Caedmon and Hilda and a lesson in encouragement

This is the first line of Caedmon's hymn of praise to the creator in Old English (preserved for us by the Venerable Bede). This was created in batik and embroidered.
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I’m delighted that I’m getting to preach on Hilda of Whitby tomorrow. As with many saints, Hilda’s big achievements are a little overwhelming so I’ve chosen to focus on an aspect of her character that is more within our grasp to emulate in our daily lives – that of her gift of encouragement. Hilda was a great educator and all great educators are encouragers. After having a dream in which he spontaneously sang a hymn about creation, Caedmon was taken to Hilda by a friend for ‘assessment’. Hilda immediately recognised that Caedmon had been given a miraculous gift of God and encouraged him to join the monastery – after which he wrote many more hymns for the people to sing in their own language. Caedmon’s hymn is the earliest recorded hymn we have in Old English – we find it in Bede’s Ecclesiastical History of the English People. You can listen to it in its original form (spoken) here:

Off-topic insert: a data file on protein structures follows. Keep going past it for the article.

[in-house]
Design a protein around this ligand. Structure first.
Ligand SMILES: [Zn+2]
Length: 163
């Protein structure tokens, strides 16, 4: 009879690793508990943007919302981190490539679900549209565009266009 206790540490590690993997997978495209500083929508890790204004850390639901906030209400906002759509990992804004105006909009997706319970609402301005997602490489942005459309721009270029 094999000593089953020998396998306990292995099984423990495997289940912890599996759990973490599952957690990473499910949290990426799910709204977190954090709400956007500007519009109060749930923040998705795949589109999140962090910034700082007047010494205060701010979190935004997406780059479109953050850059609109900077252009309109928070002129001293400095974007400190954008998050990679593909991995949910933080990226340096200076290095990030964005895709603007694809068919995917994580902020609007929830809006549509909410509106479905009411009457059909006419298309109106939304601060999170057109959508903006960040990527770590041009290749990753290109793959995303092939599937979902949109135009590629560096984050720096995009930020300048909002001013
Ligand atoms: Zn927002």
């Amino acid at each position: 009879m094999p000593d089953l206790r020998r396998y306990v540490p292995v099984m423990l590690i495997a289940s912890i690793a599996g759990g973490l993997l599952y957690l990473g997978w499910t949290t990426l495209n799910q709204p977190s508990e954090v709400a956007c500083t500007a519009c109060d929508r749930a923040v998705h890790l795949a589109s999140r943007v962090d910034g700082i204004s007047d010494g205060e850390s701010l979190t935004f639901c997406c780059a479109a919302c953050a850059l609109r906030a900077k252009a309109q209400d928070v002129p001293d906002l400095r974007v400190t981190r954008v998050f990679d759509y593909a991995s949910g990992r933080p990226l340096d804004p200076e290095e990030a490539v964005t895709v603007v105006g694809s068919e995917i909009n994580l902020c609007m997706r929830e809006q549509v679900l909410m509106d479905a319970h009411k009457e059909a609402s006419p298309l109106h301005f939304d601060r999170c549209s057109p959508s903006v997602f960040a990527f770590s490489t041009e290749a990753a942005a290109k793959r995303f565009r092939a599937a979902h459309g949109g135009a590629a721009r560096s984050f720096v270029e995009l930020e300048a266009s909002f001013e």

Those of you who have read my blog before will know that I have Hilda-themed stoles. The first line of Caedmon’s hymn is on my red stole and this serves as a reminder to me both to worship God (the first line is ‘now let us honour the warden of heaven’) and to encourage others in their gifts – just as Hilda encouraged Caedmon in his.

This is the first line of Caedmon's hymn of praise to the creator in Old English (preserved for us by the Venerable Bede). This was created in batik and embroidered.

This is the first line of Caedmon’s hymn of praise to the creator in Old English (preserved for us by the Venerable Bede). This was created in batik and embroidered.

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